“We slept in a dormitory,” he recalls. “One night, when an officer shouted, ‘Get to bed,’ we all jumped in. I made the mistake of pulling the covers to my head. The screw shouted, ‘What are you doing with your hands.’ He thought I was messing with myself.

“The other lads were sniggering. ‘Drop your trousers.’ I had to drop them. He grabbed me by the privates and whacked me across them.

I turned and grabbed him, whacked him, the other lads had to drag me off; all the screws came running.
“That was the taboo – hitting a prison officer.

I knew was in for real trouble. I was beaten chronic. I just rolled into a ball and took the hiding of my life.”

His breakfast the next morning had been urinated and spat on and covered in salt. “Then it was, ‘Why haven’t you eaten your breakfast,’ and another bat,” he says.

His card was marked and worse trouble lay ahead. “There was a particularly vicious bloke, the worst of them. He knew I couldn’t climb the rope in gym and was forcing me up. I somehow got half way up when another one grabbed one of the other ropes. This one had leather at the bottom. He rolled it up and whacked me across the spine with it. I fell to the ground, he kicked me, and I went for him. This time the alarm bells went off. I could hear them all come running.

I knew something was going to happen.”

He says he was forced into a laundry basket before being repeatedly kicked over more than 200 yards, often upside down, to the “boot room.”

“I heard someone shout, ‘Get the hose.” They filled the basket full blast, I couldn’t breathe, must have gone unconscious. I woke up, sopping wet, in my cell.”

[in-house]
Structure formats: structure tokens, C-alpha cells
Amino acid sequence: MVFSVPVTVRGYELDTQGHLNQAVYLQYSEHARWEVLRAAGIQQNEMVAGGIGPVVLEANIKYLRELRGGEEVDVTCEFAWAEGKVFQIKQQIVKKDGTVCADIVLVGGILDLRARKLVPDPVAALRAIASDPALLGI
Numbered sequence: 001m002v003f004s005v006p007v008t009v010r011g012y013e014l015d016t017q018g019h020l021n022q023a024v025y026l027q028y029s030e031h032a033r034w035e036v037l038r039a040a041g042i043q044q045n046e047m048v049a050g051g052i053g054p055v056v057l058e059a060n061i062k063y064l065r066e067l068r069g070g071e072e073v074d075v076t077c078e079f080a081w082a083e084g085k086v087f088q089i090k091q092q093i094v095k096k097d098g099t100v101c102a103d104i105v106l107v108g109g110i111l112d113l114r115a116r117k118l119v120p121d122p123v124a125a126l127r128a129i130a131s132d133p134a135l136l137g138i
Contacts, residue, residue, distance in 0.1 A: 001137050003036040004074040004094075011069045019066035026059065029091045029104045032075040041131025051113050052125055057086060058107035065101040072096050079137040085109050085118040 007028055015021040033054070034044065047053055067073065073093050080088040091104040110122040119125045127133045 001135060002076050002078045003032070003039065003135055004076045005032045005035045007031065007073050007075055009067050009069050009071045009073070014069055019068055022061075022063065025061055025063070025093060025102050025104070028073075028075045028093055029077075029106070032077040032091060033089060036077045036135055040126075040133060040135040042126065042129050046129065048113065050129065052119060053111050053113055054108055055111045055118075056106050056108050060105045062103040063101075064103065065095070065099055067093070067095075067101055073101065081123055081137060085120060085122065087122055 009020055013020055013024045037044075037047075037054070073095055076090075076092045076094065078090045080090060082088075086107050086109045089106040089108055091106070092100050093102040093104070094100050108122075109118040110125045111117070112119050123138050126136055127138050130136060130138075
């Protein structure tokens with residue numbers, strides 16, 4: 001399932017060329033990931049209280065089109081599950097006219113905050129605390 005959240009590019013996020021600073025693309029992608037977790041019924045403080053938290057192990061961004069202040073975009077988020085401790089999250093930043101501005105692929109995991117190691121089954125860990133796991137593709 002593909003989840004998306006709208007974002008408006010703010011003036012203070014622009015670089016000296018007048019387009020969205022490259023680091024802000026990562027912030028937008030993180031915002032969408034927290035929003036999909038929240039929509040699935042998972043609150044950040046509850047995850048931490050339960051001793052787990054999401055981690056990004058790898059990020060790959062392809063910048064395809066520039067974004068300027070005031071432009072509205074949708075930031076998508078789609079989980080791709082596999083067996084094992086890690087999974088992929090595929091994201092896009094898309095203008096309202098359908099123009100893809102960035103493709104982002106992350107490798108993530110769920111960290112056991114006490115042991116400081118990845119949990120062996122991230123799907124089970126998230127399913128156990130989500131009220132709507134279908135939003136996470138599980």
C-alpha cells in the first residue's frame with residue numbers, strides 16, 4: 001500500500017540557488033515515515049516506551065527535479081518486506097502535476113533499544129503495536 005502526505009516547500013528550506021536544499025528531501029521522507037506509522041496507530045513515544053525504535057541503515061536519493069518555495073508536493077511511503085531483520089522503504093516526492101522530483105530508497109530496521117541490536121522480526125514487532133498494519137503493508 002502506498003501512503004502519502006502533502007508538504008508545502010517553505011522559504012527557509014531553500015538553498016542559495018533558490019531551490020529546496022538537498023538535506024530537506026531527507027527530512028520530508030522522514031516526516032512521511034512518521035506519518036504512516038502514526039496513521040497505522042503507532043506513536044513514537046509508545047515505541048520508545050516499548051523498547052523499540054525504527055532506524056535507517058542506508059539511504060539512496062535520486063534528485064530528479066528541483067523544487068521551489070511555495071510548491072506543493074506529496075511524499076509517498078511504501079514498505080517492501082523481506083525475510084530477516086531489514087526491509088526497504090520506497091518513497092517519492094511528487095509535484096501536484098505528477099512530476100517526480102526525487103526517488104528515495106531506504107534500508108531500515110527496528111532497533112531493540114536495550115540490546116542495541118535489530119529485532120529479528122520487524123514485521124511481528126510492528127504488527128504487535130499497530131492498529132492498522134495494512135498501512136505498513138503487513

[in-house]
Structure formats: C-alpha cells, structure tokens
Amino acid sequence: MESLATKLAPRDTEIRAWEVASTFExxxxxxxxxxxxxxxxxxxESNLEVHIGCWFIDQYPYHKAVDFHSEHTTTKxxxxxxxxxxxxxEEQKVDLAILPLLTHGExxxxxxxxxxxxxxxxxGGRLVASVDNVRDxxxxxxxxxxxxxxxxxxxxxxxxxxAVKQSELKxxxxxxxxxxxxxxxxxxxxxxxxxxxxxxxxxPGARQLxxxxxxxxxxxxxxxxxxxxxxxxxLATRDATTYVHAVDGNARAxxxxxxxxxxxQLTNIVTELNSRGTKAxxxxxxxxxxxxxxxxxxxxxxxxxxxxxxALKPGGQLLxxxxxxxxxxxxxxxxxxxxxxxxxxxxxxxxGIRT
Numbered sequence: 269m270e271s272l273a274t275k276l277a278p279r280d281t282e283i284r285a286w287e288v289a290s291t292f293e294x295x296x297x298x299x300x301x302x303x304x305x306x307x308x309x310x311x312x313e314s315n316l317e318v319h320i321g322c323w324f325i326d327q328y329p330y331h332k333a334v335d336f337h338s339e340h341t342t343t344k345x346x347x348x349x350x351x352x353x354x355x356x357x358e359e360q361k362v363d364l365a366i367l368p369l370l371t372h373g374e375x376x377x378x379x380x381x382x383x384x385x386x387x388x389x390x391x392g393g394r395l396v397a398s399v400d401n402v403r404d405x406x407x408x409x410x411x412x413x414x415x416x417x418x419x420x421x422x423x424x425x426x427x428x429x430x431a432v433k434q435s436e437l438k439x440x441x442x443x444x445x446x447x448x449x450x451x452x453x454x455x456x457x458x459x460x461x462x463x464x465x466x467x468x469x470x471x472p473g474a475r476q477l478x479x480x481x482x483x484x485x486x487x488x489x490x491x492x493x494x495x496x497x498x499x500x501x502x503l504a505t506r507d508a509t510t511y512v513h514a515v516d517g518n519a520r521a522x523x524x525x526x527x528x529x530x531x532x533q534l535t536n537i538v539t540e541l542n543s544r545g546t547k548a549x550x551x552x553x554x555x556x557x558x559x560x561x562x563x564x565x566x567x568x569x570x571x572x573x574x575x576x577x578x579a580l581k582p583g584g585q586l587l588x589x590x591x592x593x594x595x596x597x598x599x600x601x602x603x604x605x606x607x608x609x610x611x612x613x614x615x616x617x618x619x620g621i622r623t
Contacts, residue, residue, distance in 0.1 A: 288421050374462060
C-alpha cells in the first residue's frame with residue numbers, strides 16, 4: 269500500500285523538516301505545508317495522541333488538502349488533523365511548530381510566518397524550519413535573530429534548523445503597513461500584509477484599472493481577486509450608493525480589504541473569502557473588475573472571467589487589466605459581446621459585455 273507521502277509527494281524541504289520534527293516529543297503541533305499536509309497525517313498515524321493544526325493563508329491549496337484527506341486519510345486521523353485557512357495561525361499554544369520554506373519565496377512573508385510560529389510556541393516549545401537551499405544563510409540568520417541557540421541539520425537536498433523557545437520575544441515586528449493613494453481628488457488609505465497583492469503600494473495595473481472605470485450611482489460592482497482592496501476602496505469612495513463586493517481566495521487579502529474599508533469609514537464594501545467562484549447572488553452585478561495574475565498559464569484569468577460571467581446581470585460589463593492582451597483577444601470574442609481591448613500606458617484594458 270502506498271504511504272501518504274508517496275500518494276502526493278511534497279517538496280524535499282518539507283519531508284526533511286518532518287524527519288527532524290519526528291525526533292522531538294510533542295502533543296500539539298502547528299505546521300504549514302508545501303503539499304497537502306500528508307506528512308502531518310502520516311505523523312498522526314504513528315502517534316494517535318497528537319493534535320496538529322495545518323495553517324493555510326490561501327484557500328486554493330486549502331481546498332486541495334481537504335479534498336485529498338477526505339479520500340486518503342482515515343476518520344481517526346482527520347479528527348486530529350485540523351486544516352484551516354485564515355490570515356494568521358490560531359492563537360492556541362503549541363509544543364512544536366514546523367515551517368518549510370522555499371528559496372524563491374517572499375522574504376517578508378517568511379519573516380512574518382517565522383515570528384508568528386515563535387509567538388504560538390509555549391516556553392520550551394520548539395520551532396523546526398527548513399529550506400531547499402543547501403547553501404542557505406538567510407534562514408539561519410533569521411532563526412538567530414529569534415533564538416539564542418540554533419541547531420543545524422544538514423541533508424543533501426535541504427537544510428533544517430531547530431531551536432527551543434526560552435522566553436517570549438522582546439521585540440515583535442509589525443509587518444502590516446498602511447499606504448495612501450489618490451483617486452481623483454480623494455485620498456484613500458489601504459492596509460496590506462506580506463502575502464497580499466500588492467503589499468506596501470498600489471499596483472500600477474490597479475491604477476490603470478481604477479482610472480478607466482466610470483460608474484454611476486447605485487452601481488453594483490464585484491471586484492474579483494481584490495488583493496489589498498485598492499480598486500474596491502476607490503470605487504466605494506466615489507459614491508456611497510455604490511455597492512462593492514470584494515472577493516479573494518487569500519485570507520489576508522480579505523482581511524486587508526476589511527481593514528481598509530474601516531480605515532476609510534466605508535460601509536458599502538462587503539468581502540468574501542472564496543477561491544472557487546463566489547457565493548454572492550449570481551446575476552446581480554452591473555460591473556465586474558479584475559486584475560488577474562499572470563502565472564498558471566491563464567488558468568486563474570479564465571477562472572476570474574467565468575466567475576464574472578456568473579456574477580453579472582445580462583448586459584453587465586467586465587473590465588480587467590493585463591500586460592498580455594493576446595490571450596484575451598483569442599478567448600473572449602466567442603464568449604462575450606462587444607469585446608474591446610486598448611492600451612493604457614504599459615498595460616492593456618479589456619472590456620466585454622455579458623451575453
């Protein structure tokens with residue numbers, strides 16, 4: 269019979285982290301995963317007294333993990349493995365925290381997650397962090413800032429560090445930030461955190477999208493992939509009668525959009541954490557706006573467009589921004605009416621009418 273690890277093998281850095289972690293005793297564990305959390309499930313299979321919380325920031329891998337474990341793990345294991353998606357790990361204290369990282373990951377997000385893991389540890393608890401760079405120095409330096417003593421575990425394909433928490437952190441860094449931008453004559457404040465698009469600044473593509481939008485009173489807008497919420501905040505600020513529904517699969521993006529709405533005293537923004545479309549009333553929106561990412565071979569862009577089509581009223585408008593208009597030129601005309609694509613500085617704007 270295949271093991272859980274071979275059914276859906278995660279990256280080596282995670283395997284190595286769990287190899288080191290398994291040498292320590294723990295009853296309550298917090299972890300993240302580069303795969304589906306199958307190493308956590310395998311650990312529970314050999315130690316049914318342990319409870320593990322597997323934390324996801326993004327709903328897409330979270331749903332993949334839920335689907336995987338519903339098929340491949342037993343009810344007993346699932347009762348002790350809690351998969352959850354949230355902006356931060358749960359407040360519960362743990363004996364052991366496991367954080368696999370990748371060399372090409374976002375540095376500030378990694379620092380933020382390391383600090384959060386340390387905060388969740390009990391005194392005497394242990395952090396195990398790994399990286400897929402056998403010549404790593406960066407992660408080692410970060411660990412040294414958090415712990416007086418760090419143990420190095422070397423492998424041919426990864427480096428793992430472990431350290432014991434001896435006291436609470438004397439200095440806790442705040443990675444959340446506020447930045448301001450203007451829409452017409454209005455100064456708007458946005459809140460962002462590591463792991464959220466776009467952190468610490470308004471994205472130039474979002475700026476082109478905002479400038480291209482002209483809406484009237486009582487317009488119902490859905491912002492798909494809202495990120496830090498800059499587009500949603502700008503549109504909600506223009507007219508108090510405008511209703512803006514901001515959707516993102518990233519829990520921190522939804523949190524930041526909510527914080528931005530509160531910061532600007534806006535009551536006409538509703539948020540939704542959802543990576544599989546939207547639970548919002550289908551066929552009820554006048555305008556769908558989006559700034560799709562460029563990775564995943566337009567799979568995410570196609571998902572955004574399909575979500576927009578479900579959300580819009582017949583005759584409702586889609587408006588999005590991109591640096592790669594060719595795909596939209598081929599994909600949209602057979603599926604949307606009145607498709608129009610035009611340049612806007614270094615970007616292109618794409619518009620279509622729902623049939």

The next day Mr Jones’ nemesis came in with the rope and the threat. “I actually thought about doing it,” he says. “I thought I was a dead man.”

LATER, outside his cell, a friend from Middlesbrough was digging as part of his duties.

“I knew he was due out, so I shouted to him, “John, John, they’re going to kill me, get my dad.” But he said he was going to be arrested at the gate for a house burglary he’d done.”

Instead, with knowledge of the crime from his friend, Mr Jones confessed to having done the crime himself.
“Why? Because it was the only way out of Medomsley.”

In court, Mr Jones told magistrates he had committed the burglary. “I said, I’ve done loads and loads of burglaries. He took a look at me and said, “What’s happened to you?” Of course I didn’t tell him, but he sent me to borstal. I think, maybe it was an act of kindness. I remember thanking the two coppers.

“Anyway, I was taken to A Wing at Durham jail, which used to be for borstal boys. When I got there a screw said, ‘My friend tells me you like hitting prison officers’, and I got another kicking. But I survived.”

Survived to live the life of a brutalised but also brutal criminal. It took many years of violence and crime until Mr Jones finally found redemption and a peaceful life devoted to charity.

He finally turned his back on crime following the death of his son, also called Rodney, in a car crash when he was just 18. Determined to continue his son’s work helping people in Romania, Mr Jones went over to complete his last mission. When he saw the conditions Romanian orphans had to endure, the tough guy cried.
“I was in buckets I couldn’t believe it,” he said.

From that moment, Mr Jones dedicated his energy to raise funds to make life more bearable for the child victims of the former regime run by dictator Nicolae Caucsescu.

Now, he asks for justice for the victims of Medomsley, so that their lives may be more bearable.